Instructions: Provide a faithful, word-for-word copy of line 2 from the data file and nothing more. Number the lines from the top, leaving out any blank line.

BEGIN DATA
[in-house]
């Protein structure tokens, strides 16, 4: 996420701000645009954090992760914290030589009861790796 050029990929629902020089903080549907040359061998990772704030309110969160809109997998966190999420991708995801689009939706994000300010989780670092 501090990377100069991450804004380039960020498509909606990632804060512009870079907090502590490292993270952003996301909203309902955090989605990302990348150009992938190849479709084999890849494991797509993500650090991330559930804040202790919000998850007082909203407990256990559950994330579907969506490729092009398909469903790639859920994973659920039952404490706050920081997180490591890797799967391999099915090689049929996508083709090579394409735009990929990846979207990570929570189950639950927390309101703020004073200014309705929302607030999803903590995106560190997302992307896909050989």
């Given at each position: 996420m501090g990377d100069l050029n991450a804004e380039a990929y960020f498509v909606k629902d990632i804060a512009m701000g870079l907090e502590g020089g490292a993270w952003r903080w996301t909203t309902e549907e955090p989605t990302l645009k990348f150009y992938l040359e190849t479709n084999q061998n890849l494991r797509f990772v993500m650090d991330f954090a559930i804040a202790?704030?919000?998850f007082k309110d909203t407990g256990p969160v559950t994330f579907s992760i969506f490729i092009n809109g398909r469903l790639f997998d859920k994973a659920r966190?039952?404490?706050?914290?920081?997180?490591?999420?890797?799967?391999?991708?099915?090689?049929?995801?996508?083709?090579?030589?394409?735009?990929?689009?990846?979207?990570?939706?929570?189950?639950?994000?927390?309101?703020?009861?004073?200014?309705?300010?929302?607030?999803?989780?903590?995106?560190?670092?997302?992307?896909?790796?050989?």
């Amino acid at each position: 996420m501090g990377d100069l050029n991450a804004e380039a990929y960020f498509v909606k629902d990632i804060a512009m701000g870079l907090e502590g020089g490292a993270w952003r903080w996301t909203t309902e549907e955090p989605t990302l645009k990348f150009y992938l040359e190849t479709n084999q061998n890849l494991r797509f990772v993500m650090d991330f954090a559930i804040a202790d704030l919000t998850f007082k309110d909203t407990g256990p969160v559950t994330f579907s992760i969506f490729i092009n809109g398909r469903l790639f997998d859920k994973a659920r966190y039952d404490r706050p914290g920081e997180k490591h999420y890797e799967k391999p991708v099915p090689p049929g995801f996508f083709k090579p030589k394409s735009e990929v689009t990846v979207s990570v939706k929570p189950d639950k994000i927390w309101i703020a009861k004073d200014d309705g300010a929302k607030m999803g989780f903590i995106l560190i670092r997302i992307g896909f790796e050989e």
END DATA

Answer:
């Protein structure tokens, strides 16, 4: 996420701000645009954090992760914290030589009861790796 050029990929629902020089903080549907040359061998990772704030309110969160809109997998966190999420991708995801689009939706994000300010989780670092 501090990377100069991450804004380039960020498509909606990632804060512009870079907090502590490292993270952003996301909203309902955090989605990302990348150009992938190849479709084999890849494991797509993500650090991330559930804040202790919000998850007082909203407990256990559950994330579907969506490729092009398909469903790639859920994973659920039952404490706050920081997180490591890797799967391999099915090689049929996508083709090579394409735009990929990846979207990570929570189950639950927390309101703020004073200014309705929302607030999803903590995106560190997302992307896909050989």